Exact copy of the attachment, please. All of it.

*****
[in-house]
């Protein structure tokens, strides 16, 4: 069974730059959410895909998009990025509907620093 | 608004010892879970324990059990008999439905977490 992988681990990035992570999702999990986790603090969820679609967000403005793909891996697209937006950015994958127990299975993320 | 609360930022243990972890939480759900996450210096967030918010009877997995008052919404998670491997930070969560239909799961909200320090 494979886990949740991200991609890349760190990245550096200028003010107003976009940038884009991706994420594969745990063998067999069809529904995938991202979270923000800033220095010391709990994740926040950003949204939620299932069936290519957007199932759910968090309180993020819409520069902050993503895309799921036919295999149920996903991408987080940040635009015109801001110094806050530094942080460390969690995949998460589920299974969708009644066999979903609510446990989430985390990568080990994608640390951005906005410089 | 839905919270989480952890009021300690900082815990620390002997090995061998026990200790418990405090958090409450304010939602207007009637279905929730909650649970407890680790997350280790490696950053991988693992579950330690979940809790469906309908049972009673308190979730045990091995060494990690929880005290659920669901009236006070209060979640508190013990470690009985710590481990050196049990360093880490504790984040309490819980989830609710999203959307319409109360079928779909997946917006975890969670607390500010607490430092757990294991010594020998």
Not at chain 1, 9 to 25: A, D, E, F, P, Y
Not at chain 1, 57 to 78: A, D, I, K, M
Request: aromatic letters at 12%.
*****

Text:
[in-house]
């Protein structure tokens, strides 16, 4: 069974730059959410895909998009990025509907620093 | 608004010892879970324990059990008999439905977490 992988681990990035992570999702999990986790603090969820679609967000403005793909891996697209937006950015994958127990299975993320 | 609360930022243990972890939480759900996450210096967030918010009877997995008052919404998670491997930070969560239909799961909200320090 494979886990949740991200991609890349760190990245550096200028003010107003976009940038884009991706994420594969745990063998067999069809529904995938991202979270923000800033220095010391709990994740926040950003949204939620299932069936290519957007199932759910968090309180993020819409520069902050993503895309799921036919295999149920996903991408987080940040635009015109801001110094806050530094942080460390969690995949998460589920299974969708009644066999979903609510446990989430985390990568080990994608640390951005906005410089 | 839905919270989480952890009021300690900082815990620390002997090995061998026990200790418990405090958090409450304010939602207007009637279905929730909650649970407890680790997350280790490696950053991988693992579950330690979940809790469906309908049972009673308190979730045990091995060494990690929880005290659920669901009236006070209060979640508190013990470690009985710590481990050196049990360093880490504790984040309490819980989830609710999203959307319409109360079928779909997946917006975890969670607390500010607490430092757990294991010594020998």
Not at chain 1, 9 to 25: A, D, E, F, P, Y
Not at chain 1, 57 to 78: A, D, I, K, M
Request: aromatic letters at 12%.